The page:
Language as Colonialism in Hawai'i, British Columbia and Abroad

  • Mitchi (Michelle) Kamigaki-Baron, Linguistics
    Coach House, Green College, UBC

    Monday, October 24, 8-9pm
    in the series
    Green College Resident Members' Series
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  • For over a thousand years, Hawaiʻi existed as a monolinguistic nation fully sustained by the Indigenous language ‘ōlelo Hawaiʻi. It took less than one hundred years following colonial contact with the English language to essentially displace ‘ōlelo Hawaiʻi on six of seven inhabited islands. Following bans on usage of ‘ōlelo Hawaiʻi in schools after the illegal overthrow, Pidgin (Hawaiʻi Creole) emerged as a language of the labourer population to help them rise up against exploitative plantation owners. Today, Hawaiʻi is still occupied by the United States government and Indigenous languages Pidgin and ‘ōlelo Hawaiʻi remain marginalized. In fact, in schools today the use of Pidgin is still highly stigmatized although it is spoken as a first language by half the population of Hawaiʻi. ‘ōlelo Hawaiʻi language revitalization efforts are largely underfunded and undervalued. Unfortunately, this dynamic between languages in Hawaiʻi is not unique. Language stigma and diglossia presents in various ways all around the world, including in British Columbia. In this talk, Mitchi Kamigaki-Baron will outline her research and facilitate a discussion on how other language communities abroad are affected by similar histories.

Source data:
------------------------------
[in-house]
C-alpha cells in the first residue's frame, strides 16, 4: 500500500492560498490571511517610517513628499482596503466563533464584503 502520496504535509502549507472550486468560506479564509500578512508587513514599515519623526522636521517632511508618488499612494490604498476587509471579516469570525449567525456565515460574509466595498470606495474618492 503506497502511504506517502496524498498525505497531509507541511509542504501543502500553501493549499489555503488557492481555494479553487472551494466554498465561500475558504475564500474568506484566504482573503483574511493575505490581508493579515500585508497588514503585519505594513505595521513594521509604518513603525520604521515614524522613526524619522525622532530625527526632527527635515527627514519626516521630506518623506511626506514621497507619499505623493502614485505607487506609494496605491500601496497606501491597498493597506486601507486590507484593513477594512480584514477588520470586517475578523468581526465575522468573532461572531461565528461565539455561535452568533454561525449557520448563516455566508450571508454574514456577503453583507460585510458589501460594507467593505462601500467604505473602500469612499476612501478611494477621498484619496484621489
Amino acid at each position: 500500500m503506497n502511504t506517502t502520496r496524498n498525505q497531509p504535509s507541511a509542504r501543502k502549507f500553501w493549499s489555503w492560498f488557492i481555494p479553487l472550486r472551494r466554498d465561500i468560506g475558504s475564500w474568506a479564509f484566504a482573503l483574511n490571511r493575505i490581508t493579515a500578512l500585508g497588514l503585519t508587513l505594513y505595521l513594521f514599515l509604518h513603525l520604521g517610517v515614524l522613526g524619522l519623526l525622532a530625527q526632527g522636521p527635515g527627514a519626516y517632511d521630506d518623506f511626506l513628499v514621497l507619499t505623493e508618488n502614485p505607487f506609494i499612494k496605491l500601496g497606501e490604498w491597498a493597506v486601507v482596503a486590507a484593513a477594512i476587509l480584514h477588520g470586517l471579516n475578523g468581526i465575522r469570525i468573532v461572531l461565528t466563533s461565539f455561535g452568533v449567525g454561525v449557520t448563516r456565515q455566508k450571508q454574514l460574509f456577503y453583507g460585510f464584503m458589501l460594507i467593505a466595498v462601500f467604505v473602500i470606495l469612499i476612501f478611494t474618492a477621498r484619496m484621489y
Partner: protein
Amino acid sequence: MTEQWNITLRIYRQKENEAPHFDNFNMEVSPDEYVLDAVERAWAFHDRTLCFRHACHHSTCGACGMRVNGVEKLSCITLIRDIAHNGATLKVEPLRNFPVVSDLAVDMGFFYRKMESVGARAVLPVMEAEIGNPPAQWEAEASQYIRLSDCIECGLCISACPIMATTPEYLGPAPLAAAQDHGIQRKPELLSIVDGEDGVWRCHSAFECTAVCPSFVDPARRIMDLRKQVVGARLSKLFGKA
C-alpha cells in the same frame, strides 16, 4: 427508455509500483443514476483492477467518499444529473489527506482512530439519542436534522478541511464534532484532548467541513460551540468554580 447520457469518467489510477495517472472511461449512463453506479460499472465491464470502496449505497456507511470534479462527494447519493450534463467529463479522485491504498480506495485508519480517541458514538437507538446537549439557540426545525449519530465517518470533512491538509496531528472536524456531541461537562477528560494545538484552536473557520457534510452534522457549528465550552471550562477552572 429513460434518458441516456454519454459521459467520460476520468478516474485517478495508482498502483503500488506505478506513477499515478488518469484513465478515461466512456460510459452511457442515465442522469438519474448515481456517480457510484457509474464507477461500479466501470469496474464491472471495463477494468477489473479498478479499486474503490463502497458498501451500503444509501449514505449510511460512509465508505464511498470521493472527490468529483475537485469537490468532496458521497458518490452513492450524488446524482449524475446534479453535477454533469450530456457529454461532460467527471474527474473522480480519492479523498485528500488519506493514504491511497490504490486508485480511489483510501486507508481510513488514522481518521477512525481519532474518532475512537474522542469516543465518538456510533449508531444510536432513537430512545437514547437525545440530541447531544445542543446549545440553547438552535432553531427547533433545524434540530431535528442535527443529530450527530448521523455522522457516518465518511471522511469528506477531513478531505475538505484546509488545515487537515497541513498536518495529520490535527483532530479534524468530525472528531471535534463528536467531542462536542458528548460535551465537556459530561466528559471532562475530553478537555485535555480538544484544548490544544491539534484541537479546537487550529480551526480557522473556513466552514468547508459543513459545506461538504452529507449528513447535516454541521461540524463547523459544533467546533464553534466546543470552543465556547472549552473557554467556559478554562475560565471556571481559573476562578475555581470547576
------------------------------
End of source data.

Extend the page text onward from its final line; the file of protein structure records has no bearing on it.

Mitchi (Michelle) Kamigaki-Baron is a third year PhD student in the Linguistics Department at UBC. She was born and raised in Hawai'i and is a descendant of coffee plantation labourers from Hōnaunau. Her research involves speech production and perception, phonetics, bilingualism, second language acquisition and language continua. She is involved in work with Pidgin, ‘ōlelo Hawaiʻi and Secwepemctsín.

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  • Unless otherwise noted, all of our lectures are free to attend and do not require registration.

When
October 24th, 2022 8:00 PM through  9:00 PM
Location
Coach House
6201 Cecil Green Park Rd
Green College, UBC
Vancouver, BC V6T 1Z1
Canada
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